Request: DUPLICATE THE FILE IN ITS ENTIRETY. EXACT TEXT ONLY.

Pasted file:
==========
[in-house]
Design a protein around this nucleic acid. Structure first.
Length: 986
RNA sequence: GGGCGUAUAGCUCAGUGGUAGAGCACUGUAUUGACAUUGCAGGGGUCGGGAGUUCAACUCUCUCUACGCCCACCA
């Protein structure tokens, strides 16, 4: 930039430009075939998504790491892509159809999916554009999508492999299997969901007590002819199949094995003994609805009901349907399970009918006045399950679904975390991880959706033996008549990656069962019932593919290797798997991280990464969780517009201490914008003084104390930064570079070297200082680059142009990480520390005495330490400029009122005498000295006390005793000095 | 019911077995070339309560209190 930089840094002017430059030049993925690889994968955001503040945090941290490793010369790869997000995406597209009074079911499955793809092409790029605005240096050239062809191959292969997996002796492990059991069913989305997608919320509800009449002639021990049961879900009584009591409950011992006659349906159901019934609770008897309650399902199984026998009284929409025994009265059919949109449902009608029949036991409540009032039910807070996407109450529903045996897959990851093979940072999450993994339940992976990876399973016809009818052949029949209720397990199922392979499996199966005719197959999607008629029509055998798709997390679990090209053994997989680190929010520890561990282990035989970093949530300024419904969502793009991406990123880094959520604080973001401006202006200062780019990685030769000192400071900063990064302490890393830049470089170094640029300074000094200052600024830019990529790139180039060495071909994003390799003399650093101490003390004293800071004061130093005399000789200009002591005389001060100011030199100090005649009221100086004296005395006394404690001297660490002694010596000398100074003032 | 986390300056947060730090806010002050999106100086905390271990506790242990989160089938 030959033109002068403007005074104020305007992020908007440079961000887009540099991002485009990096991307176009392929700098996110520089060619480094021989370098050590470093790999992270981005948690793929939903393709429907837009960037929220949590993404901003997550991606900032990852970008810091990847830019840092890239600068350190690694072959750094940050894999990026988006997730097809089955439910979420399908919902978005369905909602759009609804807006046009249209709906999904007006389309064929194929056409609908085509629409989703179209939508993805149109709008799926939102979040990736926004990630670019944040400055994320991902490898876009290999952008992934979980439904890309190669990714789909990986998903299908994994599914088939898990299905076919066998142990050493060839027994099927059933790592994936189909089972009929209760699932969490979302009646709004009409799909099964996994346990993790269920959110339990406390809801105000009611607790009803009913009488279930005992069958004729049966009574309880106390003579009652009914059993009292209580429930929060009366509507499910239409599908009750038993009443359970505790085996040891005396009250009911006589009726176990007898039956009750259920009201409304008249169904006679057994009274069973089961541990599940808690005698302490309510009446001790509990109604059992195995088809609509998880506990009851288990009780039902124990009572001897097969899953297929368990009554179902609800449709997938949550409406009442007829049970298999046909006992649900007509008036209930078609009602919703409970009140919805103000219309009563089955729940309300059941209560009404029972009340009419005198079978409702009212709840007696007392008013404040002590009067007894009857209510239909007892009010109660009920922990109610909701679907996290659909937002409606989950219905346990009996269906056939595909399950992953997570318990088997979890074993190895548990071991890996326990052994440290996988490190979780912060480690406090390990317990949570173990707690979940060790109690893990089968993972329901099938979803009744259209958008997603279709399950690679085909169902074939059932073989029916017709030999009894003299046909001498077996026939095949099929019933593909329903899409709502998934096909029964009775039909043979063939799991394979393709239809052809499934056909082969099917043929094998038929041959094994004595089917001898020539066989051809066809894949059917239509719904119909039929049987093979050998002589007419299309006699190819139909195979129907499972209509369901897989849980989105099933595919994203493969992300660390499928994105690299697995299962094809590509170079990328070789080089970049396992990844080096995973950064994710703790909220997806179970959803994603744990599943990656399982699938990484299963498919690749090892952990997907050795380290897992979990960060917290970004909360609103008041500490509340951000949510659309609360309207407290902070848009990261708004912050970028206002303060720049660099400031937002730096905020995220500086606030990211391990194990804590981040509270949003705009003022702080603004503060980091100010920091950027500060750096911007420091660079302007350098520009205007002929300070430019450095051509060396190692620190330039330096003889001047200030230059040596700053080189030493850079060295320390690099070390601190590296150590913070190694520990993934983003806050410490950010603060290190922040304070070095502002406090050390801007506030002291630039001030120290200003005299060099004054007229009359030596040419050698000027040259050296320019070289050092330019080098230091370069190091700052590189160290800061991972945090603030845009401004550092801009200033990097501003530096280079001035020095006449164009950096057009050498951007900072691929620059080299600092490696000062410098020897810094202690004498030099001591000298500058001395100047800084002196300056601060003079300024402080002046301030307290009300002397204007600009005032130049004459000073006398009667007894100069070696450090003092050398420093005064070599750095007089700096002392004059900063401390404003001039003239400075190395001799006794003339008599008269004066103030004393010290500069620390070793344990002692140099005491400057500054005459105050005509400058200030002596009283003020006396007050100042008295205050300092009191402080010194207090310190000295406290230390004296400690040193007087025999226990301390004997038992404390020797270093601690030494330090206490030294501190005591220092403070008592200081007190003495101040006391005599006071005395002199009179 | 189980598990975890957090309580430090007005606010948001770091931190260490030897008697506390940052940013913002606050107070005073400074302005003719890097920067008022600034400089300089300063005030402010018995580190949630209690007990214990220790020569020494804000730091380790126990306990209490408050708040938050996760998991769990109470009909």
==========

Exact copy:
[in-house]
Design a protein around this nucleic acid. Structure first.
Length: 986
RNA sequence: GGGCGUAUAGCUCAGUGGUAGAGCACUGUAUUGACAUUGCAGGGGUCGGGAGUUCAACUCUCUCUACGCCCACCA
């Protein structure tokens, strides 16, 4: 930039430009075939998504790491892509159809999916554009999508492999299997969901007590002819199949094995003994609805009901349907399970009918006045399950679904975390991880959706033996008549990656069962019932593919290797798997991280990464969780517009201490914008003084104390930064570079070297200082680059142009990480520390005495330490400029009122005498000295006390005793000095 | 019911077995070339309560209190 930089840094002017430059030049993925690889994968955001503040945090941290490793010369790869997000995406597209009074079911499955793809092409790029605005240096050239062809191959292969997996002796492990059991069913989305997608919320509800009449002639021990049961879900009584009591409950011992006659349906159901019934609770008897309650399902199984026998009284929409025994009265059919949109449902009608029949036991409540009032039910807070996407109450529903045996897959990851093979940072999450993994339940992976990876399973016809009818052949029949209720397990199922392979499996199966005719197959999607008629029509055998798709997390679990090209053994997989680190929010520890561990282990035989970093949530300024419904969502793009991406990123880094959520604080973001401006202006200062780019990685030769000192400071900063990064302490890393830049470089170094640029300074000094200052600024830019990529790139180039060495071909994003390799003399650093101490003390004293800071004061130093005399000789200009002591005389001060100011030199100090005649009221100086004296005395006394404690001297660490002694010596000398100074003032 | 986390300056947060730090806010002050999106100086905390271990506790242990989160089938 030959033109002068403007005074104020305007992020908007440079961000887009540099991002485009990096991307176009392929700098996110520089060619480094021989370098050590470093790999992270981005948690793929939903393709429907837009960037929220949590993404901003997550991606900032990852970008810091990847830019840092890239600068350190690694072959750094940050894999990026988006997730097809089955439910979420399908919902978005369905909602759009609804807006046009249209709906999904007006389309064929194929056409609908085509629409989703179209939508993805149109709008799926939102979040990736926004990630670019944040400055994320991902490898876009290999952008992934979980439904890309190669990714789909990986998903299908994994599914088939898990299905076919066998142990050493060839027994099927059933790592994936189909089972009929209760699932969490979302009646709004009409799909099964996994346990993790269920959110339990406390809801105000009611607790009803009913009488279930005992069958004729049966009574309880106390003579009652009914059993009292209580429930929060009366509507499910239409599908009750038993009443359970505790085996040891005396009250009911006589009726176990007898039956009750259920009201409304008249169904006679057994009274069973089961541990599940808690005698302490309510009446001790509990109604059992195995088809609509998880506990009851288990009780039902124990009572001897097969899953297929368990009554179902609800449709997938949550409406009442007829049970298999046909006992649900007509008036209930078609009602919703409970009140919805103000219309009563089955729940309300059941209560009404029972009340009419005198079978409702009212709840007696007392008013404040002590009067007894009857209510239909007892009010109660009920922990109610909701679907996290659909937002409606989950219905346990009996269906056939595909399950992953997570318990088997979890074993190895548990071991890996326990052994440290996988490190979780912060480690406090390990317990949570173990707690979940060790109690893990089968993972329901099938979803009744259209958008997603279709399950690679085909169902074939059932073989029916017709030999009894003299046909001498077996026939095949099929019933593909329903899409709502998934096909029964009775039909043979063939799991394979393709239809052809499934056909082969099917043929094998038929041959094994004595089917001898020539066989051809066809894949059917239509719904119909039929049987093979050998002589007419299309006699190819139909195979129907499972209509369901897989849980989105099933595919994203493969992300660390499928994105690299697995299962094809590509170079990328070789080089970049396992990844080096995973950064994710703790909220997806179970959803994603744990599943990656399982699938990484299963498919690749090892952990997907050795380290897992979990960060917290970004909360609103008041500490509340951000949510659309609360309207407290902070848009990261708004912050970028206002303060720049660099400031937002730096905020995220500086606030990211391990194990804590981040509270949003705009003022702080603004503060980091100010920091950027500060750096911007420091660079302007350098520009205007002929300070430019450095051509060396190692620190330039330096003889001047200030230059040596700053080189030493850079060295320390690099070390601190590296150590913070190694520990993934983003806050410490950010603060290190922040304070070095502002406090050390801007506030002291630039001030120290200003005299060099004054007229009359030596040419050698000027040259050296320019070289050092330019080098230091370069190091700052590189160290800061991972945090603030845009401004550092801009200033990097501003530096280079001035020095006449164009950096057009050498951007900072691929620059080299600092490696000062410098020897810094202690004498030099001591000298500058001395100047800084002196300056601060003079300024402080002046301030307290009300002397204007600009005032130049004459000073006398009667007894100069070696450090003092050398420093005064070599750095007089700096002392004059900063401390404003001039003239400075190395001799006794003339008599008269004066103030004393010290500069620390070793344990002692140099005491400057500054005459105050005509400058200030002596009283003020006396007050100042008295205050300092009191402080010194207090310190000295406290230390004296400690040193007087025999226990301390004997038992404390020797270093601690030494330090206490030294501190005591220092403070008592200081007190003495101040006391005599006071005395002199009179 | 189980598990975890957090309580430090007005606010948001770091931190260490030897008697506390940052940013913002606050107070005073400074302005003719890097920067008022600034400089300089300063005030402010018995580190949630209690007990214990220790020569020494804000730091380790126990306990209490408050708040938050996760998991769990109470009909």